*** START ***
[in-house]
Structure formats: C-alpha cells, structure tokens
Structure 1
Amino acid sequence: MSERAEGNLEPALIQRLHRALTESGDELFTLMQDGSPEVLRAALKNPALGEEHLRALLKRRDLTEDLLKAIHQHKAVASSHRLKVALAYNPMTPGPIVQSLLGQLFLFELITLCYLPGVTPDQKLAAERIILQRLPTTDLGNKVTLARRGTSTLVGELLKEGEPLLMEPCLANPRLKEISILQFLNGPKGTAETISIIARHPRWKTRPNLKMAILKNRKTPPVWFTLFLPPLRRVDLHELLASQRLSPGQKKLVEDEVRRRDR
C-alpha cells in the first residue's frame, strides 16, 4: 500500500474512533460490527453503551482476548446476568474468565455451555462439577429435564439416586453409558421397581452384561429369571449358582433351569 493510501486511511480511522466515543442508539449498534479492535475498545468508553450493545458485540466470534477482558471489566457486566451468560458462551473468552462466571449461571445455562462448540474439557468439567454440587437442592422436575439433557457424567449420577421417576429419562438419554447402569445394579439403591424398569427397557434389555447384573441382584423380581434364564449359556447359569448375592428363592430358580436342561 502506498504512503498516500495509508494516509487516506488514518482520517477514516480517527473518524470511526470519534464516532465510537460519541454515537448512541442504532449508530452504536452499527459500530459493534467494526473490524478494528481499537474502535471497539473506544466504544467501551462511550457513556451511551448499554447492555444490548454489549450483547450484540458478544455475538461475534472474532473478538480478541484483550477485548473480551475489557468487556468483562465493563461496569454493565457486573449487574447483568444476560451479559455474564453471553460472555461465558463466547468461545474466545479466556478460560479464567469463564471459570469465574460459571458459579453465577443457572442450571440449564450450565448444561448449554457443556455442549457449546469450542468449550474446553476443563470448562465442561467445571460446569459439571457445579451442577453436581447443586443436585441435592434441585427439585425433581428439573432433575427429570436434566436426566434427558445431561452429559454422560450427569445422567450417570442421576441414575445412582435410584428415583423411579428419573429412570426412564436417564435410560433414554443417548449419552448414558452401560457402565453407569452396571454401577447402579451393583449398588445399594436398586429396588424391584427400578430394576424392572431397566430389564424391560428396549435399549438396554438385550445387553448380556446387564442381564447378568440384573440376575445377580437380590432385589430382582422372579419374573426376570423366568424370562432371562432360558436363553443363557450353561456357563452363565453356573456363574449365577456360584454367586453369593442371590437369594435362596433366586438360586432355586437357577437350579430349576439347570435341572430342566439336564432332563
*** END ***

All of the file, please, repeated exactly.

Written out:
[in-house]
Structure formats: C-alpha cells, structure tokens
Structure 1
Amino acid sequence: MSERAEGNLEPALIQRLHRALTESGDELFTLMQDGSPEVLRAALKNPALGEEHLRALLKRRDLTEDLLKAIHQHKAVASSHRLKVALAYNPMTPGPIVQSLLGQLFLFELITLCYLPGVTPDQKLAAERIILQRLPTTDLGNKVTLARRGTSTLVGELLKEGEPLLMEPCLANPRLKEISILQFLNGPKGTAETISIIARHPRWKTRPNLKMAILKNRKTPPVWFTLFLPPLRRVDLHELLASQRLSPGQKKLVEDEVRRRDR
C-alpha cells in the first residue's frame, strides 16, 4: 500500500474512533460490527453503551482476548446476568474468565455451555462439577429435564439416586453409558421397581452384561429369571449358582433351569 493510501486511511480511522466515543442508539449498534479492535475498545468508553450493545458485540466470534477482558471489566457486566451468560458462551473468552462466571449461571445455562462448540474439557468439567454440587437442592422436575439433557457424567449420577421417576429419562438419554447402569445394579439403591424398569427397557434389555447384573441382584423380581434364564449359556447359569448375592428363592430358580436342561 502506498504512503498516500495509508494516509487516506488514518482520517477514516480517527473518524470511526470519534464516532465510537460519541454515537448512541442504532449508530452504536452499527459500530459493534467494526473490524478494528481499537474502535471497539473506544466504544467501551462511550457513556451511551448499554447492555444490548454489549450483547450484540458478544455475538461475534472474532473478538480478541484483550477485548473480551475489557468487556468483562465493563461496569454493565457486573449487574447483568444476560451479559455474564453471553460472555461465558463466547468461545474466545479466556478460560479464567469463564471459570469465574460459571458459579453465577443457572442450571440449564450450565448444561448449554457443556455442549457449546469450542468449550474446553476443563470448562465442561467445571460446569459439571457445579451442577453436581447443586443436585441435592434441585427439585425433581428439573432433575427429570436434566436426566434427558445431561452429559454422560450427569445422567450417570442421576441414575445412582435410584428415583423411579428419573429412570426412564436417564435410560433414554443417548449419552448414558452401560457402565453407569452396571454401577447402579451393583449398588445399594436398586429396588424391584427400578430394576424392572431397566430389564424391560428396549435399549438396554438385550445387553448380556446387564442381564447378568440384573440376575445377580437380590432385589430382582422372579419374573426376570423366568424370562432371562432360558436363553443363557450353561456357563452363565453356573456363574449365577456360584454367586453369593442371590437369594435362596433366586438360586432355586437357577437350579430349576439347570435341572430342566439336564432332563